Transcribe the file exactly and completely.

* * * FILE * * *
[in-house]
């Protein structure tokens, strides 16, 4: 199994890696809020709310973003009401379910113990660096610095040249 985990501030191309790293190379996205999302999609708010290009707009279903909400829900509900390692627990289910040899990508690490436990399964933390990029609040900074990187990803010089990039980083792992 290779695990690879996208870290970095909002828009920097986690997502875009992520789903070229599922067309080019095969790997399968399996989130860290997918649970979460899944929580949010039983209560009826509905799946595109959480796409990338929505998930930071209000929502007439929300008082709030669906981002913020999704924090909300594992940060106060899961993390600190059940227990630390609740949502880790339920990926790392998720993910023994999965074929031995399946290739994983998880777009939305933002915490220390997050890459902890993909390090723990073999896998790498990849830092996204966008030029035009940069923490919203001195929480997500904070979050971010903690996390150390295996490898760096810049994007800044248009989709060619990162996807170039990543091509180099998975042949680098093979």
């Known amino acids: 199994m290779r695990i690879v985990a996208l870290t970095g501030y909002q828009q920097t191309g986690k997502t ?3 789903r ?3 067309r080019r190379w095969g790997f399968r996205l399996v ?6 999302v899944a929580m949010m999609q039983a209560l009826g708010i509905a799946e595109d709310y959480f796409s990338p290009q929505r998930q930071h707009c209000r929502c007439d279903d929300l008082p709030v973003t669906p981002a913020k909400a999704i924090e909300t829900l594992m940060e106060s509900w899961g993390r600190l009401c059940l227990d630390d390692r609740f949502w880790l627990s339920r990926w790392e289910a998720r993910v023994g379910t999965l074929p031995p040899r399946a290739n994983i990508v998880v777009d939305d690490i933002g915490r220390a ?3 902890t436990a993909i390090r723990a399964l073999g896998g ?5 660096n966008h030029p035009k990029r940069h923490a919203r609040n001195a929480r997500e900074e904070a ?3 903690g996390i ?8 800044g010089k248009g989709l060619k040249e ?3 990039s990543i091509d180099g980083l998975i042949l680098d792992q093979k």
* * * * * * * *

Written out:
[in-house]
């Protein structure tokens, strides 16, 4: 199994890696809020709310973003009401379910113990660096610095040249 985990501030191309790293190379996205999302999609708010290009707009279903909400829900509900390692627990289910040899990508690490436990399964933390990029609040900074990187990803010089990039980083792992 290779695990690879996208870290970095909002828009920097986690997502875009992520789903070229599922067309080019095969790997399968399996989130860290997918649970979460899944929580949010039983209560009826509905799946595109959480796409990338929505998930930071209000929502007439929300008082709030669906981002913020999704924090909300594992940060106060899961993390600190059940227990630390609740949502880790339920990926790392998720993910023994999965074929031995399946290739994983998880777009939305933002915490220390997050890459902890993909390090723990073999896998790498990849830092996204966008030029035009940069923490919203001195929480997500904070979050971010903690996390150390295996490898760096810049994007800044248009989709060619990162996807170039990543091509180099998975042949680098093979």
């Known amino acids: 199994m290779r695990i690879v985990a996208l870290t970095g501030y909002q828009q920097t191309g986690k997502t ?3 789903r ?3 067309r080019r190379w095969g790997f399968r996205l399996v ?6 999302v899944a929580m949010m999609q039983a209560l009826g708010i509905a799946e595109d709310y959480f796409s990338p290009q929505r998930q930071h707009c209000r929502c007439d279903d929300l008082p709030v973003t669906p981002a913020k909400a999704i924090e909300t829900l594992m940060e106060s509900w899961g993390r600190l009401c059940l227990d630390d390692r609740f949502w880790l627990s339920r990926w790392e289910a998720r993910v023994g379910t999965l074929p031995p040899r399946a290739n994983i990508v998880v777009d939305d690490i933002g915490r220390a ?3 902890t436990a993909i390090r723990a399964l073999g896998g ?5 660096n966008h030029p035009k990029r940069h923490a919203r609040n001195a929480r997500e900074e904070a ?3 903690g996390i ?8 800044g010089k248009g989709l060619k040249e ?3 990039s990543i091509d180099g980083l998975i042949l680098d792992q093979k």